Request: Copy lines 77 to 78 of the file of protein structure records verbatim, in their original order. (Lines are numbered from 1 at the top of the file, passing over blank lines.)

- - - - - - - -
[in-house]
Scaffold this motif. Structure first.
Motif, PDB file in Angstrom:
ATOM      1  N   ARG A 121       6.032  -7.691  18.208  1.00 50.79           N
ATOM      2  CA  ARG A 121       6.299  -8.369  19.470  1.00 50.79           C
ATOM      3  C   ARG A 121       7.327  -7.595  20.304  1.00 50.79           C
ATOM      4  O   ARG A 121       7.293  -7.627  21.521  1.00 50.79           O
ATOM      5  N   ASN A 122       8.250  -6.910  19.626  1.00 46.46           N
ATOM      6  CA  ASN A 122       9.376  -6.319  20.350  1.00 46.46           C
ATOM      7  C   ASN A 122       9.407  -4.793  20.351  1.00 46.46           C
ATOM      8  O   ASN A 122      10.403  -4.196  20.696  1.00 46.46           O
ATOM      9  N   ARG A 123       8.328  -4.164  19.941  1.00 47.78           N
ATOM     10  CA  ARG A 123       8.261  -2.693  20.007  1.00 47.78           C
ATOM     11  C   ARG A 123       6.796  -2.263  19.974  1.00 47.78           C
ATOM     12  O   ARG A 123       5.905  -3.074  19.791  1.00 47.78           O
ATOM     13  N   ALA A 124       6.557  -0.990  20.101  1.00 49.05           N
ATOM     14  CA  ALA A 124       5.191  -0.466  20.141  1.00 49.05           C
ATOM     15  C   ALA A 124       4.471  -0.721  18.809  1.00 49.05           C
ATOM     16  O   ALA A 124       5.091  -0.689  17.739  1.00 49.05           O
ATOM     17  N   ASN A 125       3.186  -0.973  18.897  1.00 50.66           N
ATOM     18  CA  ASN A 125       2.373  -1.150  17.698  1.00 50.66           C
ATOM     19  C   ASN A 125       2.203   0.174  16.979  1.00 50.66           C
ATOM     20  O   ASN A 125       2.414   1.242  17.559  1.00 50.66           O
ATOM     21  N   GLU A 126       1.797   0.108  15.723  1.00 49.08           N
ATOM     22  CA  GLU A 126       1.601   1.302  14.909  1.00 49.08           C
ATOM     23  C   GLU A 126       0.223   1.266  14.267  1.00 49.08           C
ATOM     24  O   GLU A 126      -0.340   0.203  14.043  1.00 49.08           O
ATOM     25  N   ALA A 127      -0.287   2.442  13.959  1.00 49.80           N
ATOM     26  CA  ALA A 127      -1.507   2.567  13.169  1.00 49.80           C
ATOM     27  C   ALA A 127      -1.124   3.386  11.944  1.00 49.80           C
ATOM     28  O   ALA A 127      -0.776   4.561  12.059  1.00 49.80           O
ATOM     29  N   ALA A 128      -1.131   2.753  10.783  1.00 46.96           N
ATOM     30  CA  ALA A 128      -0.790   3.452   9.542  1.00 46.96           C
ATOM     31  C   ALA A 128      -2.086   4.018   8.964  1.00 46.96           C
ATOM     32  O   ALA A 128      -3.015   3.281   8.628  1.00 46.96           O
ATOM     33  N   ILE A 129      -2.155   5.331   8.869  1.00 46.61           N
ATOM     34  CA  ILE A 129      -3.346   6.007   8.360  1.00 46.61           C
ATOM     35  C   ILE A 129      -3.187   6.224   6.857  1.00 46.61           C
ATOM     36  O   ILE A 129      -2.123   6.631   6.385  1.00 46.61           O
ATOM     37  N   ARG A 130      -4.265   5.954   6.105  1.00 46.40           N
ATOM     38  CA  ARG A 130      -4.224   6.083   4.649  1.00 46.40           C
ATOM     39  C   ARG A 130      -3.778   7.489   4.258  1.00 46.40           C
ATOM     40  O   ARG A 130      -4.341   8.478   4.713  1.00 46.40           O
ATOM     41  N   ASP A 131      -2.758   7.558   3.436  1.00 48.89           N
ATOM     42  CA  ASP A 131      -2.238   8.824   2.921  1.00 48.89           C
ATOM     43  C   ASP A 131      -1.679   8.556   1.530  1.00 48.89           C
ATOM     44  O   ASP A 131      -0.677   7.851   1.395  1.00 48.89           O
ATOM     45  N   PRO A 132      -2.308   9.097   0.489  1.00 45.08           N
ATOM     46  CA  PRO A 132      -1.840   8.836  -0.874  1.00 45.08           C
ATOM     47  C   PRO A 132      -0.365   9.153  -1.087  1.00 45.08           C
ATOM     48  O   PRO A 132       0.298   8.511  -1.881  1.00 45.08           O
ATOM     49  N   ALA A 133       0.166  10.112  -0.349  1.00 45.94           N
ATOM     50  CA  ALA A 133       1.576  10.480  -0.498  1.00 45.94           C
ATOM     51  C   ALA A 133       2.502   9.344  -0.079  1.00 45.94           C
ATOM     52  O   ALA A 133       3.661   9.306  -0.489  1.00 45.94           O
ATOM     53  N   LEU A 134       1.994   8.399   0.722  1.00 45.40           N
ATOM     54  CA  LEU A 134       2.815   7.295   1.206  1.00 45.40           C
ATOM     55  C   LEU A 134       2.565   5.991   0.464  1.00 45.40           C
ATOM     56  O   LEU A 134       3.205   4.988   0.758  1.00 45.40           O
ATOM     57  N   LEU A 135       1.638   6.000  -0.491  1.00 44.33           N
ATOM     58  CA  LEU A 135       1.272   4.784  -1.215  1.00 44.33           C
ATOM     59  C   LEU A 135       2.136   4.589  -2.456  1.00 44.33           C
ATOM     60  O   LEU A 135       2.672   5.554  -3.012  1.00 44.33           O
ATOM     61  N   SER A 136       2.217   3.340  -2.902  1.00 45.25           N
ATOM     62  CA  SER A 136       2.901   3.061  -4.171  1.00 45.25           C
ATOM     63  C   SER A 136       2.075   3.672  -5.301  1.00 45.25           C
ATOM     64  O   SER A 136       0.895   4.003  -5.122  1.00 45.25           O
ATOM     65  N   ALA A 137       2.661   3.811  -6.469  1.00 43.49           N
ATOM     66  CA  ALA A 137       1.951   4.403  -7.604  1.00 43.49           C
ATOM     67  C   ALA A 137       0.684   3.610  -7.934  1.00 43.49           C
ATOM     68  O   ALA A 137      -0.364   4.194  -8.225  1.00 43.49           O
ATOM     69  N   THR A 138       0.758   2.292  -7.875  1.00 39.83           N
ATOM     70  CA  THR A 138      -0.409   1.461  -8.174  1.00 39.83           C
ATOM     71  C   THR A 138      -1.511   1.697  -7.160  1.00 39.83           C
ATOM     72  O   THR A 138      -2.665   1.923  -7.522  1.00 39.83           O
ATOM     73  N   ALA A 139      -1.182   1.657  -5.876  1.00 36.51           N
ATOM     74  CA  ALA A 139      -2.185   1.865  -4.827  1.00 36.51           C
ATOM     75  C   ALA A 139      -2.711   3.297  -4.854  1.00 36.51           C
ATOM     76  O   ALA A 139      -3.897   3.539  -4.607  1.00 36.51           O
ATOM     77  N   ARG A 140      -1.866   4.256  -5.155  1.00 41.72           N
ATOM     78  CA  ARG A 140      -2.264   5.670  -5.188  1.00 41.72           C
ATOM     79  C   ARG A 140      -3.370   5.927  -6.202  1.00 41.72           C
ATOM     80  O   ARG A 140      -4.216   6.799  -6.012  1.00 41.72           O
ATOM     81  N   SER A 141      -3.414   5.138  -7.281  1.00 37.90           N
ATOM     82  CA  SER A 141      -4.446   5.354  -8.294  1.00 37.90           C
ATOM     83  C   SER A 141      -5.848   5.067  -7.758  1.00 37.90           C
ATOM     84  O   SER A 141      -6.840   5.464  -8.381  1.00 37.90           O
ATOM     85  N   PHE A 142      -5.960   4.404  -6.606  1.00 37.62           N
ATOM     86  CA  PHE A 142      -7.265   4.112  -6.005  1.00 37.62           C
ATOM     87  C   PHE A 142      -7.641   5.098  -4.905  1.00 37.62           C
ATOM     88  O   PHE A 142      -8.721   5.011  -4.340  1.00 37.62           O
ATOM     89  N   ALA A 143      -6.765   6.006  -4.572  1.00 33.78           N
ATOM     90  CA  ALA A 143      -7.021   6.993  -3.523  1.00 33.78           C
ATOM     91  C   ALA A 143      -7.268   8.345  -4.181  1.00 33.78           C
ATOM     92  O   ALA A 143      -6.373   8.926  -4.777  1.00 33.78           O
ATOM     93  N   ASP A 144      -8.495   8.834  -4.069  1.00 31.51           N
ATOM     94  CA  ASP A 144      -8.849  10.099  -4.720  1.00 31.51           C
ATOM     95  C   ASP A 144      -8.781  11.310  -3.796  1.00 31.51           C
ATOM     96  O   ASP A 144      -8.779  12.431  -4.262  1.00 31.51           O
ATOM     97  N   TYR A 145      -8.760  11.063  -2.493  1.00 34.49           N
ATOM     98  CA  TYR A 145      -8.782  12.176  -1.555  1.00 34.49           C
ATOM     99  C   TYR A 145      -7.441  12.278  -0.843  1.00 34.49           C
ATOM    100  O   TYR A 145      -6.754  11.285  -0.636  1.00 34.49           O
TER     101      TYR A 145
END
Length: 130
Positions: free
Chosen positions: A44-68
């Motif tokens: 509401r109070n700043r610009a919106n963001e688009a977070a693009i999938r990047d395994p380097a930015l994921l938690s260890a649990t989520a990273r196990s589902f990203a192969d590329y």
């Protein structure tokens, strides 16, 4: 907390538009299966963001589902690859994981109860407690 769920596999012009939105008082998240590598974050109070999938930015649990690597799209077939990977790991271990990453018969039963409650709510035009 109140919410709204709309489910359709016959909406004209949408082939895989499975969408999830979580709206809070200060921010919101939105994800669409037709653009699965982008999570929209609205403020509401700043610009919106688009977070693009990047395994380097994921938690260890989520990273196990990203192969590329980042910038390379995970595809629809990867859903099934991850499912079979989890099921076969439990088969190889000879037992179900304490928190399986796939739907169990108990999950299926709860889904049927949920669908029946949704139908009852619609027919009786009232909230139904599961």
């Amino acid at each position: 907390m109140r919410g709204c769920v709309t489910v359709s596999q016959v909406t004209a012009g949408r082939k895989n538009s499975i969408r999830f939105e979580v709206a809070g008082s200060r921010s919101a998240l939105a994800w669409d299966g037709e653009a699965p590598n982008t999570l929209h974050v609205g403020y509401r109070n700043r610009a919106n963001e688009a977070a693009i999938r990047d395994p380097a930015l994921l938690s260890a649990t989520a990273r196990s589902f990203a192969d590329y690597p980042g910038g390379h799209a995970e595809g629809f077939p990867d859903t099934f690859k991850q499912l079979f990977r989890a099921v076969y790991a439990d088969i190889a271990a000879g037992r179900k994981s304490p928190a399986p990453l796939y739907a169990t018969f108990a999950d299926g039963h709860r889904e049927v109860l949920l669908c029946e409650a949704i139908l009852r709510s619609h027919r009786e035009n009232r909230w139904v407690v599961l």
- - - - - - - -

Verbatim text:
ATOM     74  CA  ALA A 139      -2.185   1.865  -4.827  1.00 36.51           C
ATOM     75  C   ALA A 139      -2.711   3.297  -4.854  1.00 36.51           C